A Monday qualifier winning this week’s Honda Classic? That would be music to Ryan Gerard’s ears

Justin Su, 36-hole Honda Classic leader, wore a guitar polo at the PGA National on Friday.

One of the players chasing him is playing the violin. Or at least got used to it.

Ryan Gerard, who qualified for this week’s PGA Tour on Monday, admits he hasn’t picked up an instrument since high school. He notes that they are expensive, which is why he only rented one when he was in elementary school.

“But if I win this week, I might buy one,” he added with a smile.

Speaking of the violin, Gerard better keep cleaning the bow and playing the violin hard. Only five times in the history of the Tour have a Monday qualification ended with a win in this week’s tournament. Corey Conners was the latest player to accomplish this feat, doing so at the 2019 Valero Texas Open.

So far, so good.

With a swing that makes Matt Kuchar look tough, Gerard shot Friday with a 7 to 63 score, a round marked by a 22-foot eagle in third place with a par of 5, and moved to third with a score of 8 below. It’s only a stone’s throw away from Su.

“I think I’m in a good position,” Gerard said. “Something I really wanted to be in was competing on a PGA Tour event. I had to go through a lot just to get to the tournament and then get to this place.”

After spending five years in North Carolina, Gerard, now 23, turned pro last summer and immediately qualified for the US Open. He then won the PGA Tour Canada with two other top 4 finishes to advance to the final round of the Korn Ferry Tour Q-School where he earned eight guaranteed No. 1 starts.

Gerard finished third at the KFT event in Colombia a couple of weeks ago, and he kept the momentum going by scoring 6 under to qualify for the playoffs in Monday’s qualifying tournament at Tesoro Golf Club. He had to return early on Tuesday morning to play extra holes and then, after punching his ticket, had to run to the PGA National to get through a practice round. (Fortunately, Gerard played the championship field several times during his AJGA days.)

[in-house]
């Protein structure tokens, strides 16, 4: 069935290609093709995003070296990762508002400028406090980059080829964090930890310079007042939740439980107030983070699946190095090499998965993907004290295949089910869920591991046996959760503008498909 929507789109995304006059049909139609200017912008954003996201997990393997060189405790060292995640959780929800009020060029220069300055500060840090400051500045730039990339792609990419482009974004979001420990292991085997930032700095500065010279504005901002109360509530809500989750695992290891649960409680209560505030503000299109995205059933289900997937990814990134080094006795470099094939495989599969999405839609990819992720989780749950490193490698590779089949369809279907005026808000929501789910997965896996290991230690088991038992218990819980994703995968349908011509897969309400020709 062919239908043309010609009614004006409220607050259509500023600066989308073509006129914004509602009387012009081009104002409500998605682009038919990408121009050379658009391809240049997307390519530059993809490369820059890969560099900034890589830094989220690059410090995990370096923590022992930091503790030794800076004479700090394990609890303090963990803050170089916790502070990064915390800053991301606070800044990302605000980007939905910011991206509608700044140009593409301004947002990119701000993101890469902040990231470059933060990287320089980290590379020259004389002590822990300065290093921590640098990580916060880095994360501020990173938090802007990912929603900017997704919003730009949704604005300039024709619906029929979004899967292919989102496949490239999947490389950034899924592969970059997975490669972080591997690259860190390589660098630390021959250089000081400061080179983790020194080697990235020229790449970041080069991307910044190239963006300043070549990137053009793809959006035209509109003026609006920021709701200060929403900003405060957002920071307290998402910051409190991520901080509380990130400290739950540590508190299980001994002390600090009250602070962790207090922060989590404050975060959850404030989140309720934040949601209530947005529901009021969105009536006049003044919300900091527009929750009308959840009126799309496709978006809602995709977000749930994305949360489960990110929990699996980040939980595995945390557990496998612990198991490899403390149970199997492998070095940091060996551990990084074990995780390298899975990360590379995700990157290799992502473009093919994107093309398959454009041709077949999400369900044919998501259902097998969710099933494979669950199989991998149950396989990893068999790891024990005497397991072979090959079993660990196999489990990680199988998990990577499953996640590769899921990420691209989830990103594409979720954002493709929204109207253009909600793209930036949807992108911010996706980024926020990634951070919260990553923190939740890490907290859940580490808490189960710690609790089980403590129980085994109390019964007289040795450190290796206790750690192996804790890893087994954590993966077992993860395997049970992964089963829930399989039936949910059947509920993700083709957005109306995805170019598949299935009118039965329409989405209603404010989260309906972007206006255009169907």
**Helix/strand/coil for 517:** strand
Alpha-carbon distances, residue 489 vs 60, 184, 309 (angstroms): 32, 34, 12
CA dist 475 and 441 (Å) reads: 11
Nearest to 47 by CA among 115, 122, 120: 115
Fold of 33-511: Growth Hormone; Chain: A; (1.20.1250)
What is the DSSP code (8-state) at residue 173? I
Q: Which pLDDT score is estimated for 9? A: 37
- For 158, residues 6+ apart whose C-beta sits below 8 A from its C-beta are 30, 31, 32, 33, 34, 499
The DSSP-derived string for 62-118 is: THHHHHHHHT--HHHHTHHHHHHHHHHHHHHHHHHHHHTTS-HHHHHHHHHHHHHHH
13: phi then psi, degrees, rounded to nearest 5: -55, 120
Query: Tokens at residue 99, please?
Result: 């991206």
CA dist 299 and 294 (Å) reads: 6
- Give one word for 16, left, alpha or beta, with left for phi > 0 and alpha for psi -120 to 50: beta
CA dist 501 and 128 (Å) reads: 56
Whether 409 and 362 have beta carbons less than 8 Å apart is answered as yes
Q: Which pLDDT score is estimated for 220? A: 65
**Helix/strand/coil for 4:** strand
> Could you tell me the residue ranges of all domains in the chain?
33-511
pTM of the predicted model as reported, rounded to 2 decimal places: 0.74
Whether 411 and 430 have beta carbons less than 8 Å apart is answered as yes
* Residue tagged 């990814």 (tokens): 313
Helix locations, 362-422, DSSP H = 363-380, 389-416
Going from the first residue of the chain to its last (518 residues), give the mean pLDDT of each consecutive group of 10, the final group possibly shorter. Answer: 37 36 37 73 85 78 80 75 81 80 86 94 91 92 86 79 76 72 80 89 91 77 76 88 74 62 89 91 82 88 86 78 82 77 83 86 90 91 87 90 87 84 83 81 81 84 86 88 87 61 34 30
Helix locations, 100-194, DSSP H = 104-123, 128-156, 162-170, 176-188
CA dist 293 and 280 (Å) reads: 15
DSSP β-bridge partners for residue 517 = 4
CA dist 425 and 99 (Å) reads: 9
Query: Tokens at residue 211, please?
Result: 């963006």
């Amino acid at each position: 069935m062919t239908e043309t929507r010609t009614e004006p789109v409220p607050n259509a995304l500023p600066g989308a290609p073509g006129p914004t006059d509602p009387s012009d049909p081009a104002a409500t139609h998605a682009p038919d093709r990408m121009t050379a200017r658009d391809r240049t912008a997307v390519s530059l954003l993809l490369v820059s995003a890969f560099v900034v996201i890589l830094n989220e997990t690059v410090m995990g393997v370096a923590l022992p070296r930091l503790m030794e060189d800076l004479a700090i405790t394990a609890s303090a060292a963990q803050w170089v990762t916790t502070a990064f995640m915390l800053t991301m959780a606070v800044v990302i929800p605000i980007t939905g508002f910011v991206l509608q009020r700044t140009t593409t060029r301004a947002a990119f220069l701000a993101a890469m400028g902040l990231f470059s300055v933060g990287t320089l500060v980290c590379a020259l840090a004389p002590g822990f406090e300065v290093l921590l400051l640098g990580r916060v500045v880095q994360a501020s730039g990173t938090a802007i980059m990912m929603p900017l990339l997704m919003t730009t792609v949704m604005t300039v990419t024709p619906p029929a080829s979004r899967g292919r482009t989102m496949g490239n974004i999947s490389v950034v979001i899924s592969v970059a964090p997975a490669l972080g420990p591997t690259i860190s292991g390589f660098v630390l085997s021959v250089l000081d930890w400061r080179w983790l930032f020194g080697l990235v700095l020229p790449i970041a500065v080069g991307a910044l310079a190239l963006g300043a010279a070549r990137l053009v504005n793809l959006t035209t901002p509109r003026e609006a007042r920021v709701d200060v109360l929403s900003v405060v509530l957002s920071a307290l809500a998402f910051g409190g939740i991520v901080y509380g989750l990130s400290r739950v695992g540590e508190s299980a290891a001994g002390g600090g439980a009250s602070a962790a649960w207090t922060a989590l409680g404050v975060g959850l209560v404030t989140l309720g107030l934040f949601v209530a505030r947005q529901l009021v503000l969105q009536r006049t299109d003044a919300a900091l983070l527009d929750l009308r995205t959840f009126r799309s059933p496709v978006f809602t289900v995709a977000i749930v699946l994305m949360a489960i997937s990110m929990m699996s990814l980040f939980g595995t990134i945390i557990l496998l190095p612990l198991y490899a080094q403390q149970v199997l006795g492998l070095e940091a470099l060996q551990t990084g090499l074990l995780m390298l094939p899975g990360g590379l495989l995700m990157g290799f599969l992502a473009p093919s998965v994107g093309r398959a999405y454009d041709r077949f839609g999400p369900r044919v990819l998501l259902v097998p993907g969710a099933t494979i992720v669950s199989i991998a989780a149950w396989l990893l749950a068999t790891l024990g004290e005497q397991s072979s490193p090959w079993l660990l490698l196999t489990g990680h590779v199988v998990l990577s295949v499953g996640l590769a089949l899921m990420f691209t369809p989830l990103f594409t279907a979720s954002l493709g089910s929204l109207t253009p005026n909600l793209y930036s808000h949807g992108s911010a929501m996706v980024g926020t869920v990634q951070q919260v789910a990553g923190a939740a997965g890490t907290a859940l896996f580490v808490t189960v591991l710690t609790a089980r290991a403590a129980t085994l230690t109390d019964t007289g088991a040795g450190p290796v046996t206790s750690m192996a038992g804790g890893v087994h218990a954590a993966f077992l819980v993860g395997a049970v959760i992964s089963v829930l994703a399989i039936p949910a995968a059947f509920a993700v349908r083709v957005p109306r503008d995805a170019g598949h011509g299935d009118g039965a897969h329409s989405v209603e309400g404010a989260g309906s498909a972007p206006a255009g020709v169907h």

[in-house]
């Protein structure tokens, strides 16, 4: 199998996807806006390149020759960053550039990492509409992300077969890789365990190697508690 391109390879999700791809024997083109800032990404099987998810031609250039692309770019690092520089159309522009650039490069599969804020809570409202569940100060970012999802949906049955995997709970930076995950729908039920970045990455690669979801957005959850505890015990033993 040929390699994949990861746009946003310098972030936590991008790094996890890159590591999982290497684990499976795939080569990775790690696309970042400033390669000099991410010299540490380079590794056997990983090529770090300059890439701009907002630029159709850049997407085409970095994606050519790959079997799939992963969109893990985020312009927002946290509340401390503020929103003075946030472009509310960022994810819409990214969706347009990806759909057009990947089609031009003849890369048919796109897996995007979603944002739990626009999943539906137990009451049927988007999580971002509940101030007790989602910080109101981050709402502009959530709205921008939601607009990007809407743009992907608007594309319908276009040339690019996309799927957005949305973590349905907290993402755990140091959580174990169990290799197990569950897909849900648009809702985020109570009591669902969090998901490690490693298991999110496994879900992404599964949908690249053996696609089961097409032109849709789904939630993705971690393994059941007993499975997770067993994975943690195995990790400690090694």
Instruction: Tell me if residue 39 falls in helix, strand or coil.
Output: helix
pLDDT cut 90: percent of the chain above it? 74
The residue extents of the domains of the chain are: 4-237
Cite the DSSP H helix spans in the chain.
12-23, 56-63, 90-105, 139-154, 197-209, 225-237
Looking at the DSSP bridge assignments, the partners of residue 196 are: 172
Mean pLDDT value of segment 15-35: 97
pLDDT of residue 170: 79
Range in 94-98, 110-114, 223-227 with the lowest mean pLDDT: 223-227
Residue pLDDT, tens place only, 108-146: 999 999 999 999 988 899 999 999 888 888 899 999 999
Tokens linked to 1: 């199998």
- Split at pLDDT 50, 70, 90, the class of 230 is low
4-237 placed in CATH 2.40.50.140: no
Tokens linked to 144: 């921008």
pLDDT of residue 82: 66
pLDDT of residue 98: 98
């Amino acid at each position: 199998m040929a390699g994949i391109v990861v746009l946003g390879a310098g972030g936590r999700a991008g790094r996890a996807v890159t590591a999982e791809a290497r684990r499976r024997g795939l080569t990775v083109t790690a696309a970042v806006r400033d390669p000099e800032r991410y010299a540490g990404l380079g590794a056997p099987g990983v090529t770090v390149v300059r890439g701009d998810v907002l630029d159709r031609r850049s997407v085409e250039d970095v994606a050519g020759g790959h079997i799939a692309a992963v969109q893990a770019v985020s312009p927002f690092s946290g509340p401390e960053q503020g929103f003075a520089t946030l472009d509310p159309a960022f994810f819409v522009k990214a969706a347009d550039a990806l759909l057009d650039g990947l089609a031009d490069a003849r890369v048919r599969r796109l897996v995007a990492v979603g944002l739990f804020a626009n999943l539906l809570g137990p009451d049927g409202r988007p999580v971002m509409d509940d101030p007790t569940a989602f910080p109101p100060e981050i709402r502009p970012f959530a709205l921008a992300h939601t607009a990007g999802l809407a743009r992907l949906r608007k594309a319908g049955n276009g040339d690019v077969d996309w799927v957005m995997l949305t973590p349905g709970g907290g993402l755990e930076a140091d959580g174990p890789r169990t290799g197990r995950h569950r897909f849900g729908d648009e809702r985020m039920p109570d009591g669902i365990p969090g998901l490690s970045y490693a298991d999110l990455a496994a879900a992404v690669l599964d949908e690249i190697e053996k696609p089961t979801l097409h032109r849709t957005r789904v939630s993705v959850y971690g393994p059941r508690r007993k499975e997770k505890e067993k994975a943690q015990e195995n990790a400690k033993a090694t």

“It was a little stressful… a little hectic,” Gerard said. “There is such a big difference just in the infrastructure, the number of people and everything else that is associated with the PGA Tour tournament, which does not take place at the Korn Ferry tournament – or at least in the international tournaments that I played. But I feel like I did a really good job just trying to get rid of all the distractions and make sure I’m ready to play golf when I get the chance.

“… I’ve definitely been running since the playoffs on Tuesday and am very happy to get some rest here this afternoon and hopefully be a little later tomorrow.”

Gerard’s wish will come true.

And he will most likely be in the final group, as he intends to have two more solid rounds – if not to get a trophy and this new violin, but at least to get into the top 10 and earn a place in the next open tournament. Tour field.

He feels prepared. At the end of the day, whether it’s turning conditional status in Canada into a ticket to the KFT Q-School finals, or using just four of his eight starts to secure a full KFT schedule, or getting his first non-prime start on the tour through the playoffs on Monday Gerard, at least since turning pro, has always answered the call.

“When my back was kind of against the wall – it’s never really happened before, but when it was close to the wall, I did well, and this is something that I consider important to me and that I am very proud that you you don’t realize how good you really are or how much you really believe in yourself until you run into difficulties,” Gerard said. “I’m not really there yet, but I felt like every time I had the opportunity to be in a position where I could change my life, I have done it so far.

And I would like to continue to do so.

Play, young man.


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